Your Health

Tips for battling allergy season

Achoo! It’s the all-too-familiar sound that arrives at spring’s first bloom. With it comes the dreaded stuffy and runny nose and itchy eyes – allergy season has sprung.

“Things seem to really crescendo in March, April, May, and that’s the worst time of year for most people who live in Northern California,” said Dr. Steven Rubinstein, chairman of the allergy department at Palo Alto Medical Foundation’s Mountain View location.

According to Rubinstein, one-third of the world’s population suffers from allergies, an overreaction of the immune system.

Megan V. Winslow/Town Crier
Pollen from trees, like the Oak Tree, are one of the worst allergy offenders this type of year, according to Dr. Steven Rubinstein, Palo Alto Medical Foundation allergist. To combat seasonal allergies, Rubinstein recommends purchasing a pillow cover and using a nasal spray before the onset of allergy season.

“The immune system will see biologic things like pollen or mold or dust or animals and instead of ignoring it like most people, the immune system will overreact to those things and (it) can’t kill a pollen grain or dog hair and it gets frustrated,” he said.

That frustration releases a variety of substances, like histamines, which bring on the stuffy, runny, itchy and sneezy nose. Pollen, mold, animal hair and dust mites are the four major types of allergens that affect people, Rubinstein said. But in Northern California, the largest culprit is grass, which lives in the pollen family.

“There are pollens that are on flowers that are really sticky, and it requires birds and bees to make them pollinate,” Rubinstein said. “Those aren’t really in the air that much, so those aren’t really clinically relevant. It’s the pollens that are blown by the wind that really can cause a problem.”

The two other pollens, he added, are weeds and trees – like oak, which blooms in March and April.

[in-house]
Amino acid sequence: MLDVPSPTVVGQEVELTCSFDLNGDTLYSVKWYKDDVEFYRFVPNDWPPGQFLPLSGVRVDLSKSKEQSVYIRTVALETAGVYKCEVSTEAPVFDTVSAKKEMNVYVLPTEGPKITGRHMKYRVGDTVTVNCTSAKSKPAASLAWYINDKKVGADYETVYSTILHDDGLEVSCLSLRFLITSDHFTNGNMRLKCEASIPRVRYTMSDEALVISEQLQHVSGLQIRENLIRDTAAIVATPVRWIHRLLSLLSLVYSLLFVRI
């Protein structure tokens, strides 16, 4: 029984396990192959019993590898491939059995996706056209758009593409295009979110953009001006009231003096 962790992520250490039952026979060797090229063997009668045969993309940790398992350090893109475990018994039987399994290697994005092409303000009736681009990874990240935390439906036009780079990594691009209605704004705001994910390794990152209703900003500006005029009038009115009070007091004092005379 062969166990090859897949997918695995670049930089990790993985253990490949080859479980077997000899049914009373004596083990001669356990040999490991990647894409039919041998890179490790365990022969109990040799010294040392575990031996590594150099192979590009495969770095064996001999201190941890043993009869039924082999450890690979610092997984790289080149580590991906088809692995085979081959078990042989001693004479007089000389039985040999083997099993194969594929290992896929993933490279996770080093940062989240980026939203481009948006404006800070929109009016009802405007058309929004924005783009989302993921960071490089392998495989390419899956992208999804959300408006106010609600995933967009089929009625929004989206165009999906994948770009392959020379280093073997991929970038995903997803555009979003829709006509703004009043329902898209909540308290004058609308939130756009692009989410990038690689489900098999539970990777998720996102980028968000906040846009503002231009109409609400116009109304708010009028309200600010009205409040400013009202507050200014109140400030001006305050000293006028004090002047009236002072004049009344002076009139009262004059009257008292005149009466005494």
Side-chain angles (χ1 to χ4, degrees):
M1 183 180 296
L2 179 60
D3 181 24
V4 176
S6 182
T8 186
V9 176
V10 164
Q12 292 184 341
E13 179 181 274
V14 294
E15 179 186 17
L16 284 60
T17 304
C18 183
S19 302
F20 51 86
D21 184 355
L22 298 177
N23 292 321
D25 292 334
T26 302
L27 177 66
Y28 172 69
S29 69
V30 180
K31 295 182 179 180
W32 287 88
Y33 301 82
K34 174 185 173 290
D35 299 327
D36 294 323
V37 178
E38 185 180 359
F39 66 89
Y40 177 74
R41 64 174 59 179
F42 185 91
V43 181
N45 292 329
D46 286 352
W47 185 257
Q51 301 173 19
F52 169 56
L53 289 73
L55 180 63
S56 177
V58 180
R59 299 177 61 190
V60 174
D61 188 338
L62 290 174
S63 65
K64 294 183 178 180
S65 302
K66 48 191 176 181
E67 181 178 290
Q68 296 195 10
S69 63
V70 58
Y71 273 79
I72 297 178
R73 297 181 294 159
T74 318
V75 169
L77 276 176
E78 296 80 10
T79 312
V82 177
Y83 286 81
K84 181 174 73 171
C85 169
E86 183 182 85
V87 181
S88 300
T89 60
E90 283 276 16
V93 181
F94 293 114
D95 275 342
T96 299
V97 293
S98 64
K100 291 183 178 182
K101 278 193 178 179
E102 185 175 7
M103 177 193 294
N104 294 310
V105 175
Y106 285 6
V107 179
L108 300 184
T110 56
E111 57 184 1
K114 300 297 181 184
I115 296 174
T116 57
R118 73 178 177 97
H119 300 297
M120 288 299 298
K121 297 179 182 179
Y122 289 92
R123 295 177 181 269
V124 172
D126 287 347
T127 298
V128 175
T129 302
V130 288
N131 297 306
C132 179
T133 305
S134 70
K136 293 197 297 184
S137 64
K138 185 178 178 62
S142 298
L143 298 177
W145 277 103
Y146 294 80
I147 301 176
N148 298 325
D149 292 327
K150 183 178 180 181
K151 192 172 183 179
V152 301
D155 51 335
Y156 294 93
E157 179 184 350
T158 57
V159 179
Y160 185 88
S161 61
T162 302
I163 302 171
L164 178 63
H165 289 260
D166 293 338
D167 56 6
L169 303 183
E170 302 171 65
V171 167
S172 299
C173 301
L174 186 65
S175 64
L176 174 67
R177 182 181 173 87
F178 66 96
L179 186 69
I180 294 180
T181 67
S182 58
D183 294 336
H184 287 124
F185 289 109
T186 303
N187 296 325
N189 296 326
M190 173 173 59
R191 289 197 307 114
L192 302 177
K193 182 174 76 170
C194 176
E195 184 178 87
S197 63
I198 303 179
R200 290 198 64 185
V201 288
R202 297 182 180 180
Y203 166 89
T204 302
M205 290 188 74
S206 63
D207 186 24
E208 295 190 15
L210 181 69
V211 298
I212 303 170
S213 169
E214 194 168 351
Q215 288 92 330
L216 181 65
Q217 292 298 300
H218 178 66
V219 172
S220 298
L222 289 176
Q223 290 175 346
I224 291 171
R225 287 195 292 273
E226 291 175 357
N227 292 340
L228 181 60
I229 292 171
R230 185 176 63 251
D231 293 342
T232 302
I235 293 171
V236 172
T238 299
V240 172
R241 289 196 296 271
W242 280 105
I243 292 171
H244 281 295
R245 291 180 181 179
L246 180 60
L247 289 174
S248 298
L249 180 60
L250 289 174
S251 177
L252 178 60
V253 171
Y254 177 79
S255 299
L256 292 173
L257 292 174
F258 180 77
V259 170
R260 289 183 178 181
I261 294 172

Diagnosis and treatment

To discover what a patient is allergic to, Rubinstein said allergy doctors perform a scratch test, wherein they drop the allergen on the patient’s skin to see if he or she reacts. From there, they formulate a treatment plan that can consist of a few different options, including environmental manipulation or medication.

Environmental manipulation can be as simple as taking precautions to prevent bringing allergens from the outside world into your home. Rubinstein suggested special pillow wrappers that fit under the regular cover to safeguard people from breathing in allergens, like dust mites, that may have snuck through the stitching of the bedding. He also recommends that people change their clothes before sitting on or lying in their beds.

“People say, ‘Oh, my dog never comes in my bed,’ but they hug the dog right before they go to sleep and they’re bringing the dog proteins and the pollens that are on the dog into their bed,” he said.

For medication treatment, Rubinstein said there are two categories: rescue and preventive. Rescue medications include over-the-counter pills such as Claritin, Zyrtec and Allegra, which help control symptoms after allergy sufferers have already reacted to an allergen. Preventive medications include nasal sprays such as Flonase and Nasacort, which work as a shield to protect the immune system from reacting in the first place.

“These are sprays that have a cortisone base to them,” he said. “Cortisone (is) a type of steroid – not anabolic or weight-lifting steroids, but healing steroids. These sprays just work locally in the nose, but the drawback is they take generally days and weeks to work, so there’s no immediate response.”

Rubinstein suggested using a nasal spray when symptoms start or before the onset of allergy season because it takes some time to work.

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